Check out these resources that can inform progress toward health equity!

For blog use only. sl 12-16-2022


Powerful data, in-depth research, and wisdom from health equity champions can help us do our part in shaping healthier, more equitable, and more just communities.

That’s why, to kick off 2023, we’re sharing a brief roundup of resources that can help you advance health equity in your community.

1.    Use these websites to gather data about community health.

These easy-to-navigate data generating sites can help build a stronger understanding of community conditions, amplify the experiences of residents, and inform efforts to advocate for policies, practices, and programs that foster health and wellbeing for all:

  • Child Opportunity Index measures 29 factors that influence child health and well-being, revealing vast disparities in such basic amenities as healthy foods, good schools, safe housing, and playgrounds. This information is available by both Census tract and ZIP code and can be broken down by race and ethnicity. 
  • City Health Dashboard provides data on more than 40 measures and drivers of health for over 900 American cities and towns. These measures include low birthweight, opioid overdoses, children in poverty, smoking, physical inactivity, access to parks, insurance status, and more. 
  • Life Expectancy Calculator estimates life expectancy at birth by state, county, ZIP code, and all 67,000 Census tracts. Coupled with a companion interactive map, it reveals dramatic disparities that can exist in communities 
  • CUSP (COVID-19 U.S. State Policy) Database tracks state policies adopted during the pandemic to reveal how these policies influenced outcomes for communities that  were hit hardest by the virus. For example, some government relief programs excluded certain low-wage, tipped, and gig workers. It also tracks mask mandates, stay-at-home orders, eviction protections, paid leave, and more that are within a few miles of one another. 

2.    Share this graphic on equity!

Given how people consume information in our fast-paced world, we recognize the power of a strong visual to inspire and educate. That’s why we’ve updated our popular “equity graphic” to help people understand the difference between equality and equity.

We surveyed readers of RWJF’s weekly newsletter, Advances, to inform the new image. Many respondents shared how useful the original visual was, but also offered suggestions to improve it.

We prioritized developing a clear graphic that was accessible and could be featured on the web, in social media, and in presentations. Our goal was to make it simple enough for a wide array of audiences to use and understand. We hope you find it thought-provoking and useful!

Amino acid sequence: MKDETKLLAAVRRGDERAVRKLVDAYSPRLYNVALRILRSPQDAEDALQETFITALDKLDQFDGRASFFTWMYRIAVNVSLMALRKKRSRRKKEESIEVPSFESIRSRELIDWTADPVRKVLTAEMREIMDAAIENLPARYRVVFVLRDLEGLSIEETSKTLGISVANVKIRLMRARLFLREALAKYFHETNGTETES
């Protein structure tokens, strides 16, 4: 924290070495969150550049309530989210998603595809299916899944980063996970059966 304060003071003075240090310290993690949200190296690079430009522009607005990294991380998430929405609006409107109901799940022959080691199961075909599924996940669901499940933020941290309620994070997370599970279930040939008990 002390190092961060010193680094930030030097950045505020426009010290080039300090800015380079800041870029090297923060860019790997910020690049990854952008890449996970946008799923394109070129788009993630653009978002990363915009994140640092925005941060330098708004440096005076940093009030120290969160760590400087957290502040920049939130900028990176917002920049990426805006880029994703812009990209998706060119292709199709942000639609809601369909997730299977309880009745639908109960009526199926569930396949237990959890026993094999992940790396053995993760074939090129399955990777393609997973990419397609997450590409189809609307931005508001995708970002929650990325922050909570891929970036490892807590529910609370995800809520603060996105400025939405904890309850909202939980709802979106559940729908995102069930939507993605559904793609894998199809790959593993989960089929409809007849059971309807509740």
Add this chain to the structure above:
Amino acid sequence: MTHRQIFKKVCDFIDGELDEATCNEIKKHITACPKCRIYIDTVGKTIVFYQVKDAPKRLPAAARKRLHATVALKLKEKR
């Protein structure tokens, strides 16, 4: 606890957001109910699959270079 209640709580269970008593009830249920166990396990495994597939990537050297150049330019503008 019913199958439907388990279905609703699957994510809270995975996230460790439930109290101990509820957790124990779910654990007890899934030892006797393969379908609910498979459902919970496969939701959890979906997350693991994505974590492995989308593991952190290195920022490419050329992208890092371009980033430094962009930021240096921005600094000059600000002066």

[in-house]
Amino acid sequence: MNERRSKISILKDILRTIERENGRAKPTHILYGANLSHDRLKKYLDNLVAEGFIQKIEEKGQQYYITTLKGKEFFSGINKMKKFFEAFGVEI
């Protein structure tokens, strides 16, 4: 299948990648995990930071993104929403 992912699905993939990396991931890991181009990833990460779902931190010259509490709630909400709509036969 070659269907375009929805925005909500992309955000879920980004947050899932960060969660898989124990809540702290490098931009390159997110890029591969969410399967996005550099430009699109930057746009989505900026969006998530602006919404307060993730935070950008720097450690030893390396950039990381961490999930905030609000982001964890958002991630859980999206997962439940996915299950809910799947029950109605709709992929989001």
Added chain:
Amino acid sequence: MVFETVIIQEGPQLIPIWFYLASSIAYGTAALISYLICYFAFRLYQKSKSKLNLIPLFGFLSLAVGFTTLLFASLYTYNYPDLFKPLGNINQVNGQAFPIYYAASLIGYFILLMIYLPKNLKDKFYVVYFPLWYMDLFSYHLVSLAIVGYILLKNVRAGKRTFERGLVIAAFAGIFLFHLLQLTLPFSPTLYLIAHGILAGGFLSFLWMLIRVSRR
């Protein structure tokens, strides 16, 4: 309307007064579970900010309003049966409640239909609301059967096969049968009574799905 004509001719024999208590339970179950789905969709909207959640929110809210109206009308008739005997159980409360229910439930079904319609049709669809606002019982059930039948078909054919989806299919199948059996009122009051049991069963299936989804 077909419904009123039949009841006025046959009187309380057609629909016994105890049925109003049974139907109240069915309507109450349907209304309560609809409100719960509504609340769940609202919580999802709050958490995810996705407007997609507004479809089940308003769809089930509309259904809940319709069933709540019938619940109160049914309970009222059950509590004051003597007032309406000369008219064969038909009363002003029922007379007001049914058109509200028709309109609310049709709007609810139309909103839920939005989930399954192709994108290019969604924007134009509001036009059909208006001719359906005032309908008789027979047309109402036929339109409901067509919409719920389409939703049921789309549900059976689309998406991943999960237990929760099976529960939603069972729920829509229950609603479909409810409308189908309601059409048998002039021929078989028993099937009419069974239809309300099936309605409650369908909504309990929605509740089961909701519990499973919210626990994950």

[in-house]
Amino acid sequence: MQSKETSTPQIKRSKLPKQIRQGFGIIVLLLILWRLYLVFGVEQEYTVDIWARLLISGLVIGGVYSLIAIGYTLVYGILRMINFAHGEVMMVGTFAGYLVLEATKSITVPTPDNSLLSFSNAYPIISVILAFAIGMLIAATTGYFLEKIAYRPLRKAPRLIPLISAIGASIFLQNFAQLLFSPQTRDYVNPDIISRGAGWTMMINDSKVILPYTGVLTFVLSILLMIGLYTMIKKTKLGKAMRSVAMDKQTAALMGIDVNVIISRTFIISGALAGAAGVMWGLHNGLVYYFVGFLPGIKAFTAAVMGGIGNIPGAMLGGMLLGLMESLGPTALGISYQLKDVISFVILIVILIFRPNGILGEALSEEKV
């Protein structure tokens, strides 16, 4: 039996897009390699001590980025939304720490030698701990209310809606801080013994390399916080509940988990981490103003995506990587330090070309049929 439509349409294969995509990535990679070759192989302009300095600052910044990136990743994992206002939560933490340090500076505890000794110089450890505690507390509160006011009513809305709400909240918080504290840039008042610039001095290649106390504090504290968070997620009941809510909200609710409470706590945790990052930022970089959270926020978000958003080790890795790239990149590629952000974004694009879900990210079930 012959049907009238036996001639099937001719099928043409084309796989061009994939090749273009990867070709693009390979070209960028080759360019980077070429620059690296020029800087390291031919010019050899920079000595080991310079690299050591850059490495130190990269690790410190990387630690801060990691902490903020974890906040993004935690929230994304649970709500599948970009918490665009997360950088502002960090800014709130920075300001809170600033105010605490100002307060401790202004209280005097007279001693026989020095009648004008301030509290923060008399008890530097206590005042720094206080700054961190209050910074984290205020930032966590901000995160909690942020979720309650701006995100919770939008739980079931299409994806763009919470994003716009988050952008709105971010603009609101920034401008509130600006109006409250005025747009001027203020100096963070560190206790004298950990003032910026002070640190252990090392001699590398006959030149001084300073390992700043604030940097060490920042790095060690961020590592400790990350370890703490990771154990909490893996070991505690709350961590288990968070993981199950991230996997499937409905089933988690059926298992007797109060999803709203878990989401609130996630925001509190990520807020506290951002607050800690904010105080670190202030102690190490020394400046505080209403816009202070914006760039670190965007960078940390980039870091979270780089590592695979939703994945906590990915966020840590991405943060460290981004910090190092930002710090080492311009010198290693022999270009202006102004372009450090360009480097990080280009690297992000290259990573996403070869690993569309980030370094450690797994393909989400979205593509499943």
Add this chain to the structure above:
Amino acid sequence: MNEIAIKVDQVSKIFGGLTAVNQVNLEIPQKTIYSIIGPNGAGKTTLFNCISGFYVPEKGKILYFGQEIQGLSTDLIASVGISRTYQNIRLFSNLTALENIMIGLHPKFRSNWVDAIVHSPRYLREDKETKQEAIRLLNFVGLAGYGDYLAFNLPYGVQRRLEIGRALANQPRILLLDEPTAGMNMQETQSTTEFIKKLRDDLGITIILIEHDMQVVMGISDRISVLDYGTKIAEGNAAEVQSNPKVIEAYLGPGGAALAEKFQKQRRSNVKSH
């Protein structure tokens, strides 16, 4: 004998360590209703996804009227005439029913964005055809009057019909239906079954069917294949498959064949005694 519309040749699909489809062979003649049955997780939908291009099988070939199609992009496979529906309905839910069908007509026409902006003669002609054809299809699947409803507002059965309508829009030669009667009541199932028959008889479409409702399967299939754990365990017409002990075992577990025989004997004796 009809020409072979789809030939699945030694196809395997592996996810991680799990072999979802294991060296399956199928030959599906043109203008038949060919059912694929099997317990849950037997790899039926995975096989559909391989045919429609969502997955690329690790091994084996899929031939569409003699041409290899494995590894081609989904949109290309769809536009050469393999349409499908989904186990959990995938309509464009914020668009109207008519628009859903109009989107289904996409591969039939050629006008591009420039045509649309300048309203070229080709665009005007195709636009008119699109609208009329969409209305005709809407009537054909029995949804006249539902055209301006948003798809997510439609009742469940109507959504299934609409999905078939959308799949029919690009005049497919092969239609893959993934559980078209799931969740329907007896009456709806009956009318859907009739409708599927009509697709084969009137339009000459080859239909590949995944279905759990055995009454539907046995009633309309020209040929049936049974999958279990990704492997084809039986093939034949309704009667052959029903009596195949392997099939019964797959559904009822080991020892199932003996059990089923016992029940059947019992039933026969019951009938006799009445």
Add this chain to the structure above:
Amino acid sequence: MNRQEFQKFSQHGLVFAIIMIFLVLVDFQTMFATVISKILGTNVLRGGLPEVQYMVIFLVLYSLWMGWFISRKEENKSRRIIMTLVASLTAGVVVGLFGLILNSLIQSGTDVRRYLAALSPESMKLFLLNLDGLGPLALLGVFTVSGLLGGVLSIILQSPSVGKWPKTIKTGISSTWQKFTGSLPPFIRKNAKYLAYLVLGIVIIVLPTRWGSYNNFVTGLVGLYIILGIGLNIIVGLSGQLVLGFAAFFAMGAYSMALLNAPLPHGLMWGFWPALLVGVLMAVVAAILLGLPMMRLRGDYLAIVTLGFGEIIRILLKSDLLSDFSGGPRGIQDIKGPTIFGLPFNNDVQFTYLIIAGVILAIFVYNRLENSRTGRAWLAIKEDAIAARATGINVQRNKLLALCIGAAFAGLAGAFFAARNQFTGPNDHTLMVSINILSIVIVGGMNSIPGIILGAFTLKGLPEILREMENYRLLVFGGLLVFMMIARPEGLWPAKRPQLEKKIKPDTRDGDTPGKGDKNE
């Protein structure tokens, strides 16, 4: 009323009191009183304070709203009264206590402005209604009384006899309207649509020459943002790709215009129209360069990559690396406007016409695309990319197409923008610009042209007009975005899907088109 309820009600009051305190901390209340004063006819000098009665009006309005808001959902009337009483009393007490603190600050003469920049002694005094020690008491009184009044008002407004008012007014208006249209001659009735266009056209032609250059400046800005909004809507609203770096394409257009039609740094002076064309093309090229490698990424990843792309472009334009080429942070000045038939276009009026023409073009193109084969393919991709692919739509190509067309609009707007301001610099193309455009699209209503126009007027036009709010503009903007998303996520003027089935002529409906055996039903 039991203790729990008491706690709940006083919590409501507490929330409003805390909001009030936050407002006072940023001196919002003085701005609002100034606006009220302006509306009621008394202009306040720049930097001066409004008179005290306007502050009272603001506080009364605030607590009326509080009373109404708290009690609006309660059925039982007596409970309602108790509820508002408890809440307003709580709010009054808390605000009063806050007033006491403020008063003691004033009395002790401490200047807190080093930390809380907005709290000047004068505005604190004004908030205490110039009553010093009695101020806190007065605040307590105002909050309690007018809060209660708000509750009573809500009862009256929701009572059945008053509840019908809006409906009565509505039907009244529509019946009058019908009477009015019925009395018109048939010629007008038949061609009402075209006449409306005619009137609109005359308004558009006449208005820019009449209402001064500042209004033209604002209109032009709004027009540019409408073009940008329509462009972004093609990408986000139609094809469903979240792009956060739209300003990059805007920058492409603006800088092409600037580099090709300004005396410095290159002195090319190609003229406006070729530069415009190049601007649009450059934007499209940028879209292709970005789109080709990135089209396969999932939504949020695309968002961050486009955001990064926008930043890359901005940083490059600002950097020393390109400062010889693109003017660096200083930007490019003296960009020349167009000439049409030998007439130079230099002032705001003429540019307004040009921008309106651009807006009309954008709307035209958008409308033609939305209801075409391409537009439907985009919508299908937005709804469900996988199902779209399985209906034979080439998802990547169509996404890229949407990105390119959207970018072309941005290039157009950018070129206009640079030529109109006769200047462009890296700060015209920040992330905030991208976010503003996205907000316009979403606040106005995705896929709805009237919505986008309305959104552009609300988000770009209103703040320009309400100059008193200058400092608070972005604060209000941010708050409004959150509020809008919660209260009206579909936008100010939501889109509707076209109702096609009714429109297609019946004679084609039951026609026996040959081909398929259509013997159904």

3.    Delve into these captivating books by our staff, grantees, and partners.

Several of our colleagues have authored or contributed to books that mix personal stories, on-the-ground experiences, and insightful ideas to remind us of the opportunity to make a difference in our mission to advance health equity.

From the deeply personal memoir, The Beautiful Darkness: A Handbook for Orphans by RWJF senior communications officer Joshunda Sanders, to the thought-provoking The Contagion Next Time by Boston University School of Public Health Dean Sandro Galea, to the children’s books, Black Girl Shining and Black Boy Shining by researcher, educator, and advocate Rhonda Tsoi-A-Fatt Bryant, these bold voices offer moving, memorable, empowering perspectives on advancing racial justice and improving health. 

4.    Apply these communications tips to increase support for equitable policies.

There's no one-size fits all approach to advocacy messaging and media. While storytelling can be a powerful tool for engaging the public, it doesn't always move state legislators to action and can even backfire. Leading scholars conducted two studies: the first looked at communication to the general public, and the second communication to state legislators. Their research reveals that policy narratives—short stories that paint a mental picture of what a problem is, who is affected, and how it came to be—are particularly effective at increasing support among the general public. However, the same narratives were not effective at increasing support among state legislators. In fact, they appeared to deepen existing political divides.

Explore the best ways to raise public will and political will around an issue. Learn more about what works with state legislators and access a handy messaging guide on storytelling for social change!

Explore more research, resources, and perspectives this year and learn about new grant opportunities! SIGN UP for the Advances newsletter.


About the Author

Najaf Ahmad, senior managing editor, highlights stories and perspectives on how the Foundation is advancing health equity in communities across the nation.